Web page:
Stats and the numbers game.
I have been reading some of the posts on the gs site, why I bother is beyond me, and have come to this conclusion, numbers are what you make of them.
I like looking at my stats because I have a hides to finds ratio that I would like to maintain. I like to see what I have done since I started caching and where I have been. I haven't really been burning it up either, only 69 finds in almost a year, but that is how I play the game.
I think the record attempt was cool. All the people that don't like it should just live with it. I don't like the Barry Bonds thing but I don't go around complaining about it.
I think pocket caches are a cool way to meet people. I have attended 3 events now and met a lot of cool cachers through pocket caches. I don't really care about logging them, but that is just me. I don't log coins or tb's that I don't take from caches cause I'm too lazy to. If you saw it at an event and want to log it, cool.
I just don't understand why so many people get bent out of shape over the way someone else plays the game when there is no competition between players and there is no reward other than the places you see.
I'm glad we have a great group of cachers here in Arkansas and can't wait till the next event so I can meet more of ya. Till then, see ya on the trails.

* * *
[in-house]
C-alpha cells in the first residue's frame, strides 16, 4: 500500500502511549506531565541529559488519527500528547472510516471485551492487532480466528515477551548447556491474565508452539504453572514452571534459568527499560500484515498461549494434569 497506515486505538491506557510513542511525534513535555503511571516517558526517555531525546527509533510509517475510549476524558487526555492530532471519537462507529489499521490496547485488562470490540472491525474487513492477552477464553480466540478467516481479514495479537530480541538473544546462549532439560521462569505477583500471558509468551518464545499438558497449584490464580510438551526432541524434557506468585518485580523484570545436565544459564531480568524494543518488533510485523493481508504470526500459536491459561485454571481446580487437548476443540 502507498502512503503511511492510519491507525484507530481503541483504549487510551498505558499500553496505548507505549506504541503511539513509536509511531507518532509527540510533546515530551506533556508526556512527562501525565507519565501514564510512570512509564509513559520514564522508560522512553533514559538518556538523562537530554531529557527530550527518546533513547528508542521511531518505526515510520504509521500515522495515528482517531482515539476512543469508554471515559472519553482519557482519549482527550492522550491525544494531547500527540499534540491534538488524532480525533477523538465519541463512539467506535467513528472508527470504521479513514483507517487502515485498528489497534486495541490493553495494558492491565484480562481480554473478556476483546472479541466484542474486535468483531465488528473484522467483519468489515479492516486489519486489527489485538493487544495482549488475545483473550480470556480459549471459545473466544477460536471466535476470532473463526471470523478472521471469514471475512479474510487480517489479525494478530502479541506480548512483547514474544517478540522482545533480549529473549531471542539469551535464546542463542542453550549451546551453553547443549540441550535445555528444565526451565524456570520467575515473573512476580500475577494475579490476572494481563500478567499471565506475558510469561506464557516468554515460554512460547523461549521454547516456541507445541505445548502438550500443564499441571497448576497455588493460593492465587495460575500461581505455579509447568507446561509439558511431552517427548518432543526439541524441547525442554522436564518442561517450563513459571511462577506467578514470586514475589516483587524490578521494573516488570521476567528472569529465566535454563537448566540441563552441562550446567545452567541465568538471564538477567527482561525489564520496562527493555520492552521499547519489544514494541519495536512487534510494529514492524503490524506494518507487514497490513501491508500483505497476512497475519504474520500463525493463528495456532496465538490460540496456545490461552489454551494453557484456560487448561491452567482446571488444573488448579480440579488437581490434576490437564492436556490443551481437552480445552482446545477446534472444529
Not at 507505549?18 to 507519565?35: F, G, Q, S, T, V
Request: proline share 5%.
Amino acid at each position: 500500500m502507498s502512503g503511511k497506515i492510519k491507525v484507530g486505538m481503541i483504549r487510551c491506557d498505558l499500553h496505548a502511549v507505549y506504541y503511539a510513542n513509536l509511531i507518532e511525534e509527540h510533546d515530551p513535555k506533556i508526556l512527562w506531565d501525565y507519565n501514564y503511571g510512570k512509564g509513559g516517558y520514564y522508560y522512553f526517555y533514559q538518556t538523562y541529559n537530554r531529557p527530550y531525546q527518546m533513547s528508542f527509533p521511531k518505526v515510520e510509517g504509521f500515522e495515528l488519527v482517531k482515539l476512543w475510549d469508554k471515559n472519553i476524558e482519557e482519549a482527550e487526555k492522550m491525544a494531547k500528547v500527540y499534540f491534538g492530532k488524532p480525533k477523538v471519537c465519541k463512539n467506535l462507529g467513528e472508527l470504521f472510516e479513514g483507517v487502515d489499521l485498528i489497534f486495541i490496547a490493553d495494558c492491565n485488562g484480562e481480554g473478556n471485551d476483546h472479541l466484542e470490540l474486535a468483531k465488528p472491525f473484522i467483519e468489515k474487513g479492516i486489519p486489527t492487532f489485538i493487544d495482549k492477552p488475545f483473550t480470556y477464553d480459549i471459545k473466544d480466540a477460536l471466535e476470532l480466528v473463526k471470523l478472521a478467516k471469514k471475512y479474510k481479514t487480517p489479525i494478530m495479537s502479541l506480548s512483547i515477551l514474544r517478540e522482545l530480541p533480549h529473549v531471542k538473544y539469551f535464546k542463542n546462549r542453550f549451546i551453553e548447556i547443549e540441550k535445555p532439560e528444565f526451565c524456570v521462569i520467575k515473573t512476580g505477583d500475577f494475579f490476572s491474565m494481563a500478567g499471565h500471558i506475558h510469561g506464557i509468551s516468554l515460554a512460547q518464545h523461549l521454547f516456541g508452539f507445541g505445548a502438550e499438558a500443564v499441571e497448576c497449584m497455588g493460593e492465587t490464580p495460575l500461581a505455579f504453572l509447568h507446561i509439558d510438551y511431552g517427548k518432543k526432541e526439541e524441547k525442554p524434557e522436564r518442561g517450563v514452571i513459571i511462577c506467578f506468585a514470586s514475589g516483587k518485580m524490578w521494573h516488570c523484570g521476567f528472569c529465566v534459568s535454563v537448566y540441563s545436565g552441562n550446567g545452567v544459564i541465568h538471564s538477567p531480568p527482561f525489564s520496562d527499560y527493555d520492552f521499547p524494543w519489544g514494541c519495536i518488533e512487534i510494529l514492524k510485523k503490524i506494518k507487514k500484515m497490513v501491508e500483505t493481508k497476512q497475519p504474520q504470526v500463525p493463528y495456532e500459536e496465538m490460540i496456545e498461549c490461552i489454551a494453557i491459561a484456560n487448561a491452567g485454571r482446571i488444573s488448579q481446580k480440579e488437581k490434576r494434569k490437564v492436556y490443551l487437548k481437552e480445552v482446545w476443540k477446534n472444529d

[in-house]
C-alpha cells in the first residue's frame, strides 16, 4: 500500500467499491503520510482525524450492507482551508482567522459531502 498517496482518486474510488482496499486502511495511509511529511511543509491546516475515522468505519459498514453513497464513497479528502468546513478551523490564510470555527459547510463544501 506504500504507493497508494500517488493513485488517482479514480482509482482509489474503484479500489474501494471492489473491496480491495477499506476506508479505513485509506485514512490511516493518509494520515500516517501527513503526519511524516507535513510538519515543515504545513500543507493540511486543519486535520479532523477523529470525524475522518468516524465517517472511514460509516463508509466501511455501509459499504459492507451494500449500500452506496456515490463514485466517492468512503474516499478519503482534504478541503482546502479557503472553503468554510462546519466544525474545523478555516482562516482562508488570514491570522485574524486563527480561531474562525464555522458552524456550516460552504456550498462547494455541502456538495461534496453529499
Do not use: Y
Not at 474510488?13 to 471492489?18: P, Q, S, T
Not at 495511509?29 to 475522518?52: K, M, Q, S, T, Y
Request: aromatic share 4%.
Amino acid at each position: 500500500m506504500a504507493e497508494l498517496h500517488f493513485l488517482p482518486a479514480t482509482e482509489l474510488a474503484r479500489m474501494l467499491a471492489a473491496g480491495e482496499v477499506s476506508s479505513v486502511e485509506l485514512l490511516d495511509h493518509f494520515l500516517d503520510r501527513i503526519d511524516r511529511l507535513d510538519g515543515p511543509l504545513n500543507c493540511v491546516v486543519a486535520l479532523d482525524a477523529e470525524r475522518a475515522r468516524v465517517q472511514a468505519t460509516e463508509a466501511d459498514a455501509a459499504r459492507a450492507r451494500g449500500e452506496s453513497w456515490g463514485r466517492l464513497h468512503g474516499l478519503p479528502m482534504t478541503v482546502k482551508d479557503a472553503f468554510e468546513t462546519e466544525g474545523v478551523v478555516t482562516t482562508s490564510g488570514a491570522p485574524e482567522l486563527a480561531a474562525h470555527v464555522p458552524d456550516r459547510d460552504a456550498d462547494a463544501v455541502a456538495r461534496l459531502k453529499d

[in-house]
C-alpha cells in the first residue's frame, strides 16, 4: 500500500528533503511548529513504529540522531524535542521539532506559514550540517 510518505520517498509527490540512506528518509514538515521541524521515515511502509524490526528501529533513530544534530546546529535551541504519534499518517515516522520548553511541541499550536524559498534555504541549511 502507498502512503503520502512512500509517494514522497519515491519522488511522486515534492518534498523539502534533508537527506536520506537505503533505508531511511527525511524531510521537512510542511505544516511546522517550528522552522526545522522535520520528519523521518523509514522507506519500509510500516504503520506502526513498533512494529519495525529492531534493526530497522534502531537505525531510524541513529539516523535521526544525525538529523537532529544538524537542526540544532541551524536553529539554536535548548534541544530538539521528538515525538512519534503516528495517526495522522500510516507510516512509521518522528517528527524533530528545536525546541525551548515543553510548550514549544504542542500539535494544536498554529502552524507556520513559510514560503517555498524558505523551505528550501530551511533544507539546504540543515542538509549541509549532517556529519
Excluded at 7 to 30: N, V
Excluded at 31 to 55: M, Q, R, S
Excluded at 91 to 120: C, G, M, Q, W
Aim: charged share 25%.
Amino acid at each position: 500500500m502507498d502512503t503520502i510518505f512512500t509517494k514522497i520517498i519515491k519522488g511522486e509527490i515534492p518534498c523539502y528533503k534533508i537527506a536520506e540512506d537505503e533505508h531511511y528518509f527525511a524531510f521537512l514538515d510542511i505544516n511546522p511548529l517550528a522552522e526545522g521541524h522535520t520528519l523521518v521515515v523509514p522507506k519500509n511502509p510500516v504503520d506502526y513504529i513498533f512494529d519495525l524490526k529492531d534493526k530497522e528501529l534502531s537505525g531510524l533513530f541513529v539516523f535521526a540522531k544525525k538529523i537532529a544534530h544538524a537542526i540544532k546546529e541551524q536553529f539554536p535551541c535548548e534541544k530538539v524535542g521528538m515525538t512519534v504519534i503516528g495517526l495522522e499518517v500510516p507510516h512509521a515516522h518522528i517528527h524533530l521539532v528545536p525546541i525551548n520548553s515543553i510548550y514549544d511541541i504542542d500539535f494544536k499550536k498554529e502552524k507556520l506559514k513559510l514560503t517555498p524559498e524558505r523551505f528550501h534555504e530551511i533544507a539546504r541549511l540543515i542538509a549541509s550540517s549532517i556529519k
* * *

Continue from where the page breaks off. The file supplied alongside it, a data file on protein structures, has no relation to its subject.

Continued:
"You get out of it what you put into it"
My wife and I just started geocaching a couple of months ago. So far we have 10 finds and 2 hides.
We have not had the chance to go to an event, but we hope to. We want to meet other people who enjoy geocaching.
Even though we have only been doing this for a couple of months we already play the game the way it gives us the most enjoyment. There are times we want to go hiking and we will go look for some caches located on hiking trails.
We are already talking about spending a day together caching in Clarksville where there are several all in one area. We are hoping to take some fellow cachers with us and have lunch somewhere. This is a way for my wife and I to spend some time together and have some fun.